For the field acting on the test electron , situated at the point , , we may substitute and , giving us,

(8) |

and

(9) |

substituting into the fifth fundamental equation of electromagnetic theory,

(10) |

we obtain the force acting on the unit test electron .

[Note in the above equation that v, the velocity of the electron, is for our case .]

(11) |

or

(12) |

(13) |

Under the action of the component force we might at first sight expect the electron to aquire an acceleration in the X direction: Such condition, however, would not be in agreement with the *principle of relativity*, since from the point of view of an observer who is moving along with the charge , the phenomenon is merely one of ordinary *electrostatic* repulsion and the test electron should experience no change in velocity in the X direction but should be accelerated merely in the Y direction.

If, however, we divide equation (12) by (13) we obtain

(14) |

which agrees with equation (5), the necessary relation for zero acceleration in the X direction. The application of equation (5) thus removes a discrepancy which could not be accounted for in any system of mechanics in which force and acceleration are in the same direction.

*Summary.*

For non-Newtonian mechanics, it has been pointed out that force and the acceleration it produces are not in general in the same direction. A definite relation (equation 5) has been derived connecting the components of force parallel and perpendicular to the acceleration. For a special problem, the application of this relation has removed an apparent discrepancy between the predictions based on the electromagnetic theory and on the principle of relativity.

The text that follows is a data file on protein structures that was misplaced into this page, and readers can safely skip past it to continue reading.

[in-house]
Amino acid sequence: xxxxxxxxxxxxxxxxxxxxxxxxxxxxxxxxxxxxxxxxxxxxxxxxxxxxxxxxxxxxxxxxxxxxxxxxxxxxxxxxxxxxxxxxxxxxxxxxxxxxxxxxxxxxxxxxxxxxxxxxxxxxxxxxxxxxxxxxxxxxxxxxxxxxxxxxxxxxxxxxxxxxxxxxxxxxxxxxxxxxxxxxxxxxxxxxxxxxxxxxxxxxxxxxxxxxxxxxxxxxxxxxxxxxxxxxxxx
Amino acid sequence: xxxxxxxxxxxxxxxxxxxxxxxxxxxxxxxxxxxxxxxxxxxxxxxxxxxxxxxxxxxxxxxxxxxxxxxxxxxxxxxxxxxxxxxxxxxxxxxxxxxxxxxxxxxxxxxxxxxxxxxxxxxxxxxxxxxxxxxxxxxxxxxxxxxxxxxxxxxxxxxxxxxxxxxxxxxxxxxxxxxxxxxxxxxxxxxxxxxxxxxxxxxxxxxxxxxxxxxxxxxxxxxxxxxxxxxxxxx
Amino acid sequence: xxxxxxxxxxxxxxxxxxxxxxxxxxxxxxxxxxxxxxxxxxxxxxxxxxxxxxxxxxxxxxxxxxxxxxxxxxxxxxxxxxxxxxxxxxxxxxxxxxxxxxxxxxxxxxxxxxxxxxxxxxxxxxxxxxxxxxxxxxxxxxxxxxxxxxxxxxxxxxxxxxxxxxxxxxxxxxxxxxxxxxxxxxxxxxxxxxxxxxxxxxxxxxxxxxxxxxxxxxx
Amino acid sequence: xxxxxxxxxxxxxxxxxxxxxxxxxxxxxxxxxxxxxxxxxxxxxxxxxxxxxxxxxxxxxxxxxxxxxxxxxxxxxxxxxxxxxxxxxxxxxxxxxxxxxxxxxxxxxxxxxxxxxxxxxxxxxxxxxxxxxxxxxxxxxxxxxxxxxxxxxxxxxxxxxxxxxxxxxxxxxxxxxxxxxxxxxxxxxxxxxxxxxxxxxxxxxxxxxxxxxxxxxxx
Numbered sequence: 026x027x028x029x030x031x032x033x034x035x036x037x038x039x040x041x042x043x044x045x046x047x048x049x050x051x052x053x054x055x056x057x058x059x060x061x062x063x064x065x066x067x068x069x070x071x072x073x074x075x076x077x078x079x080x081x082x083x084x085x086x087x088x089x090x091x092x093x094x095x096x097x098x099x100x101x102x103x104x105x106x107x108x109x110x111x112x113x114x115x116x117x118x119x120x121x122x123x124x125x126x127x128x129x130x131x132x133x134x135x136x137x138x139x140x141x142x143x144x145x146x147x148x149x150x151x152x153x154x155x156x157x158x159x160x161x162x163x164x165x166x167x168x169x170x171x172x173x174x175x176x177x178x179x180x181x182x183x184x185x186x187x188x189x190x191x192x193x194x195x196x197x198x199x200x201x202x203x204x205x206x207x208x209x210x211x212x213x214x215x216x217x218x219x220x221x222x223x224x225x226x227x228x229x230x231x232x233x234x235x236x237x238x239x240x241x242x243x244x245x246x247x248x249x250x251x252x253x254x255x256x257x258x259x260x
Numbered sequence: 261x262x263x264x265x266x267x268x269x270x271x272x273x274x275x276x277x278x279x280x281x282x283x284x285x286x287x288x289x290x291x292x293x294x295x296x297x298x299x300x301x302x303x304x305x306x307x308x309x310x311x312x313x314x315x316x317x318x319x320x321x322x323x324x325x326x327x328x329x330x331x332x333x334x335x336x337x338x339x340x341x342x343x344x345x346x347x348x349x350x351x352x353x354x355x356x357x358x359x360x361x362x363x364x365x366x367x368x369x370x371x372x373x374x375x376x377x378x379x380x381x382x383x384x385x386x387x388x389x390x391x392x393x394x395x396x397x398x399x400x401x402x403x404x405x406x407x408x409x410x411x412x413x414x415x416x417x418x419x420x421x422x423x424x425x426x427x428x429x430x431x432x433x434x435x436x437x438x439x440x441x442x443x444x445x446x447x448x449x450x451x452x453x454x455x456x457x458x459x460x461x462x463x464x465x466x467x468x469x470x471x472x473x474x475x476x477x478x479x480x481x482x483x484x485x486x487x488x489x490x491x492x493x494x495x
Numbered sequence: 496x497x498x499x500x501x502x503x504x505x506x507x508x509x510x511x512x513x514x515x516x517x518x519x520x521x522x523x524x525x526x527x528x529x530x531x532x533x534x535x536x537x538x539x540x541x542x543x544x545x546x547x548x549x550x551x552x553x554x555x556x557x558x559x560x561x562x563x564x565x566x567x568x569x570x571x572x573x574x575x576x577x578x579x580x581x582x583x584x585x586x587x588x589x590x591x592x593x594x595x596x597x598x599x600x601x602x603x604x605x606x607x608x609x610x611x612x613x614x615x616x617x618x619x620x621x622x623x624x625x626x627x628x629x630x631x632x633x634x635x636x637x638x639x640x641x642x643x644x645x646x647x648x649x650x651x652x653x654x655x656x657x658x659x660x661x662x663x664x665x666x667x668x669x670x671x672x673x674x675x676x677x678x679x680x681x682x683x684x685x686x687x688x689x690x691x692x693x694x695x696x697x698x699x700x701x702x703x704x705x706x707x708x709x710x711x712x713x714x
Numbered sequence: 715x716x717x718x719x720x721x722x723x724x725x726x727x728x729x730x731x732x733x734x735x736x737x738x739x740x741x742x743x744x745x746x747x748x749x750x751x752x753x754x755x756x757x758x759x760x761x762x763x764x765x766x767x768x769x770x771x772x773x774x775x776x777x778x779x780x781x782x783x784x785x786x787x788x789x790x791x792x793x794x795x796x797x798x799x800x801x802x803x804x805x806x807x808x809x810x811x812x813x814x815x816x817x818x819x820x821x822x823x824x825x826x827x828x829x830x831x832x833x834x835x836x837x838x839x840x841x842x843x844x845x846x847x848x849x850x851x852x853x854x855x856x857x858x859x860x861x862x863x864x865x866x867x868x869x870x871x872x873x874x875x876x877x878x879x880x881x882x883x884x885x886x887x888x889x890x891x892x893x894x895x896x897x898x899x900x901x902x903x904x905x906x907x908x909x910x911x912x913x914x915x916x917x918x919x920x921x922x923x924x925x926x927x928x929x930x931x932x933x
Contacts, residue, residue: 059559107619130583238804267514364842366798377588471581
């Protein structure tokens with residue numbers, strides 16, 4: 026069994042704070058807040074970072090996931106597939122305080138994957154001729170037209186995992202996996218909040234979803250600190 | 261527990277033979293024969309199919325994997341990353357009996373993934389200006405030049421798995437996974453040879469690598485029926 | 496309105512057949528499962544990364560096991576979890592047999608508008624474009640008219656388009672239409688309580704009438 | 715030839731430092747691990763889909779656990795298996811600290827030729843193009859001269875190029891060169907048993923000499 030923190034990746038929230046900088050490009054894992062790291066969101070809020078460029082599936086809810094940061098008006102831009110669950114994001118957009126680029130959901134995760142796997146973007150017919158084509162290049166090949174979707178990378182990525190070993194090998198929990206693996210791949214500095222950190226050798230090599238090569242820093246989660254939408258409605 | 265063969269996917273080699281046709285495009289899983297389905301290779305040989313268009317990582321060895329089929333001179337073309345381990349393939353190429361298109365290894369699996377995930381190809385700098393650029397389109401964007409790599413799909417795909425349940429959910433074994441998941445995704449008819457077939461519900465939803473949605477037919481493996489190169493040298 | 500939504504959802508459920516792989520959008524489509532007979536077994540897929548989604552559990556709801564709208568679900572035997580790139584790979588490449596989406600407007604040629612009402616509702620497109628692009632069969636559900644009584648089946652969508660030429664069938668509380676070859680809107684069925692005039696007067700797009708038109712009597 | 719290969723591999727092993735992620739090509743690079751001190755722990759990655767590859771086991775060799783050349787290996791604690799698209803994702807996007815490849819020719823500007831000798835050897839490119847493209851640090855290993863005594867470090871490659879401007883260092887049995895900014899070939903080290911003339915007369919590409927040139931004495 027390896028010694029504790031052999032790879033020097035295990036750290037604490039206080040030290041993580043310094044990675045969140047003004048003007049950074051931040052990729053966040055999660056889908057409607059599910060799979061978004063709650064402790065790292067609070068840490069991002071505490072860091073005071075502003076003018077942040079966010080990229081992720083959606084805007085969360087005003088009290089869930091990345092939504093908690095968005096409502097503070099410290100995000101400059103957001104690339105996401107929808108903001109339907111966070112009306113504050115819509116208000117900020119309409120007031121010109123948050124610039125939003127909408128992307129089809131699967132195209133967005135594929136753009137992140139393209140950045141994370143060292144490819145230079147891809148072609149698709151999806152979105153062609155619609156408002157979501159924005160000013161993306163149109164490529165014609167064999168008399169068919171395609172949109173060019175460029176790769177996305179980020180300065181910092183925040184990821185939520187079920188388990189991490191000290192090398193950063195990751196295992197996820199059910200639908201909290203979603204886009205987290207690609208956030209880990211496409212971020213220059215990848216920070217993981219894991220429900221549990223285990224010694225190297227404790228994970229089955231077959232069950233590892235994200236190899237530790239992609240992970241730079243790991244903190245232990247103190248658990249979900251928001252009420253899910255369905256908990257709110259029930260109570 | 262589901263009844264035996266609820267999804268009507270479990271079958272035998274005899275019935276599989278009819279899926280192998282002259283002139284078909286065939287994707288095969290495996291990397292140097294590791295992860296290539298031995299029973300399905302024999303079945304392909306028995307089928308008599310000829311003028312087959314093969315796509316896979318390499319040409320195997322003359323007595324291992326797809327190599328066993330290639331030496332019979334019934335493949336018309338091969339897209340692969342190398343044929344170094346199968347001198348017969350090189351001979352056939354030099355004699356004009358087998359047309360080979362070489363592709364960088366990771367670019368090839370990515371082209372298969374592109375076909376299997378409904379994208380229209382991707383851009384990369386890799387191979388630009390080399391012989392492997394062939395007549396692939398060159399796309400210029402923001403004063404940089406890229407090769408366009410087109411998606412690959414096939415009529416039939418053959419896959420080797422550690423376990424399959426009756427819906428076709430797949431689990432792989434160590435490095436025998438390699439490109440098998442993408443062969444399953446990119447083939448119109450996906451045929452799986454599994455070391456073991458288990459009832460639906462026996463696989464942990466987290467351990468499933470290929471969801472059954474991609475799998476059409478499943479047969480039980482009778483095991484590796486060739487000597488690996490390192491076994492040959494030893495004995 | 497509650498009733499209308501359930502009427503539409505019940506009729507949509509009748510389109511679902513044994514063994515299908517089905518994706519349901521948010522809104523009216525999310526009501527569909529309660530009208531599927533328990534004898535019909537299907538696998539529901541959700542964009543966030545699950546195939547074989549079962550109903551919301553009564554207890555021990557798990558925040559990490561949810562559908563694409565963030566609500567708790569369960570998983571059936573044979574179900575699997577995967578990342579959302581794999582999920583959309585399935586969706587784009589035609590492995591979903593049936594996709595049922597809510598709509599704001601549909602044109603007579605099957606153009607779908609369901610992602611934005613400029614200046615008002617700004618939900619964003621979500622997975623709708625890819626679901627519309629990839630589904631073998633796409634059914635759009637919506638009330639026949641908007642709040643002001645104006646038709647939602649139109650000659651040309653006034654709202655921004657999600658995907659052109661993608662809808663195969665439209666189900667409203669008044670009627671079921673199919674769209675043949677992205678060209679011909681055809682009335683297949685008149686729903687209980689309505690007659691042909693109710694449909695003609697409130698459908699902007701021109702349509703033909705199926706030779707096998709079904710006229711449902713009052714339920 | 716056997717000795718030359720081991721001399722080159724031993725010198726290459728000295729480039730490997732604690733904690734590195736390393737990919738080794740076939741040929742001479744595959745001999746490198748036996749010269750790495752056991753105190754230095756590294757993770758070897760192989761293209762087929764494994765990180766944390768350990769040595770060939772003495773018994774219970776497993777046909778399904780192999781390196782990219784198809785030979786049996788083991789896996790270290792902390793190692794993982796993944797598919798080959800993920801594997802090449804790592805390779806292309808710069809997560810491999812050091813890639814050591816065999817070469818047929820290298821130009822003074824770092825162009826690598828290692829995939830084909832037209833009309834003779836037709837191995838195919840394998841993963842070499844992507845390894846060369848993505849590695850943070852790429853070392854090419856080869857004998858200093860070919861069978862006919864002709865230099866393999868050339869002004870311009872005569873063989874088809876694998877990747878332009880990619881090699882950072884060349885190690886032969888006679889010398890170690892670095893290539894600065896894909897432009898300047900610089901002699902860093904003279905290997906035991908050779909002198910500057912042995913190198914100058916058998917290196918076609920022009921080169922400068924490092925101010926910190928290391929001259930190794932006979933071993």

- Ann Arbor, Mich.
- March 25th, 1911.

- ↑ Communicated by the Author.
- ↑ This definition of force was first used by Lewis (Phil. Mag. xvi. p. 705 (1908)). In Einstein‘s later treatment of the principle of relativity,
*Jahrbuch der Radioktivität*, iv. p. 411 (1907), he defines force by the equationsHe there states that this definition has in general no physical meaning. We see, however, that these are merely the scalar equations corresponding to equation (2) above and hence derivable from equation (1), which is an obvious definition of force and has a physical meaning. In further support of this definition of force, it has recently been pointed out by the writer, Phil. Mag. xxi. p. 296 (1911), that, combined with the principle of relativity, it leads to a derivation of the fifth fundamental equation of electromagnetic theory in its exact form

there being no necessity for distinguishing between longitudinal and transverse mass.

- ↑ Lewis & Tolman, Proc. Amer. Acad. xliv. p. 711 (1909); Phil. Mag. p. 510 (1909).
- ↑ Abraham,
*Theorie der Elektrizität*, vol. ii. p. 86*et seq*. (B. G. Teubner, Leipzig and Berlin, 1908).

This work is in the **public domain** in the **United States** because it was published before January 1, 1926.

The author died in 1948, so this work is also in the **public domain** in countries and areas where the copyright term is the author's **life plus 70 years or less**. This work may also be in the **public domain** in countries and areas with longer native copyright terms that apply the **rule of the shorter term** to foreign works.